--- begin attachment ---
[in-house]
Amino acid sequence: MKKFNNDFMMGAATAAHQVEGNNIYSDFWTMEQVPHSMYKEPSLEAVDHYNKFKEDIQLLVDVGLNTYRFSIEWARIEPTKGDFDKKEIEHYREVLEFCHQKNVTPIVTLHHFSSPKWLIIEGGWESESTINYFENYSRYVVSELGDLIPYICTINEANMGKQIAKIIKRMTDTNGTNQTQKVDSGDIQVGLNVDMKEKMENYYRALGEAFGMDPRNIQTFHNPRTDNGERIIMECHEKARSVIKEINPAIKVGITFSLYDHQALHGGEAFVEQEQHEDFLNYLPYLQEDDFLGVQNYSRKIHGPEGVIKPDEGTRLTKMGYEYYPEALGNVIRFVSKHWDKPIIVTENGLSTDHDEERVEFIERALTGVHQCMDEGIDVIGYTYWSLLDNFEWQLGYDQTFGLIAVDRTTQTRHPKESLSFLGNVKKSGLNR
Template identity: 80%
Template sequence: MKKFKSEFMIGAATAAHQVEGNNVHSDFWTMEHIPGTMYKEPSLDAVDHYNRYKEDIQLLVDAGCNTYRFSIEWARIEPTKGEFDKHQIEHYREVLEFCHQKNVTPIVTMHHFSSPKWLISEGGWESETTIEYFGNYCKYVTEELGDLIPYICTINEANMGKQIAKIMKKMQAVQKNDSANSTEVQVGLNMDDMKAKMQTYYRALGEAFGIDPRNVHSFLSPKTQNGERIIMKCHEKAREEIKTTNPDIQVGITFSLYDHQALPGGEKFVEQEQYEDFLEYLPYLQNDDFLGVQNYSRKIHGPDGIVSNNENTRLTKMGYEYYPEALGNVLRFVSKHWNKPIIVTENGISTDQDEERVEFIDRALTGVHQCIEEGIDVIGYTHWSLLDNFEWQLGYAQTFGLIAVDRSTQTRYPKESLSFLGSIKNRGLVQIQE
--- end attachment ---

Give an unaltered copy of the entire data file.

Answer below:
[in-house]
Amino acid sequence: MKKFNNDFMMGAATAAHQVEGNNIYSDFWTMEQVPHSMYKEPSLEAVDHYNKFKEDIQLLVDVGLNTYRFSIEWARIEPTKGDFDKKEIEHYREVLEFCHQKNVTPIVTLHHFSSPKWLIIEGGWESESTINYFENYSRYVVSELGDLIPYICTINEANMGKQIAKIIKRMTDTNGTNQTQKVDSGDIQVGLNVDMKEKMENYYRALGEAFGMDPRNIQTFHNPRTDNGERIIMECHEKARSVIKEINPAIKVGITFSLYDHQALHGGEAFVEQEQHEDFLNYLPYLQEDDFLGVQNYSRKIHGPEGVIKPDEGTRLTKMGYEYYPEALGNVIRFVSKHWDKPIIVTENGLSTDHDEERVEFIERALTGVHQCMDEGIDVIGYTYWSLLDNFEWQLGYDQTFGLIAVDRTTQTRHPKESLSFLGNVKKSGLNR
Template identity: 80%
Template sequence: MKKFKSEFMIGAATAAHQVEGNNVHSDFWTMEHIPGTMYKEPSLDAVDHYNRYKEDIQLLVDAGCNTYRFSIEWARIEPTKGEFDKHQIEHYREVLEFCHQKNVTPIVTMHHFSSPKWLISEGGWESETTIEYFGNYCKYVTEELGDLIPYICTINEANMGKQIAKIMKKMQAVQKNDSANSTEVQVGLNMDDMKAKMQTYYRALGEAFGIDPRNVHSFLSPKTQNGERIIMKCHEKAREEIKTTNPDIQVGITFSLYDHQALPGGEKFVEQEQYEDFLEYLPYLQNDDFLGVQNYSRKIHGPDGIVSNNENTRLTKMGYEYYPEALGNVLRFVSKHWNKPIIVTENGISTDQDEERVEFIDRALTGVHQCIEEGIDVIGYTHWSLLDNFEWQLGYAQTFGLIAVDRSTQTRYPKESLSFLGSIKNRGLVQIQE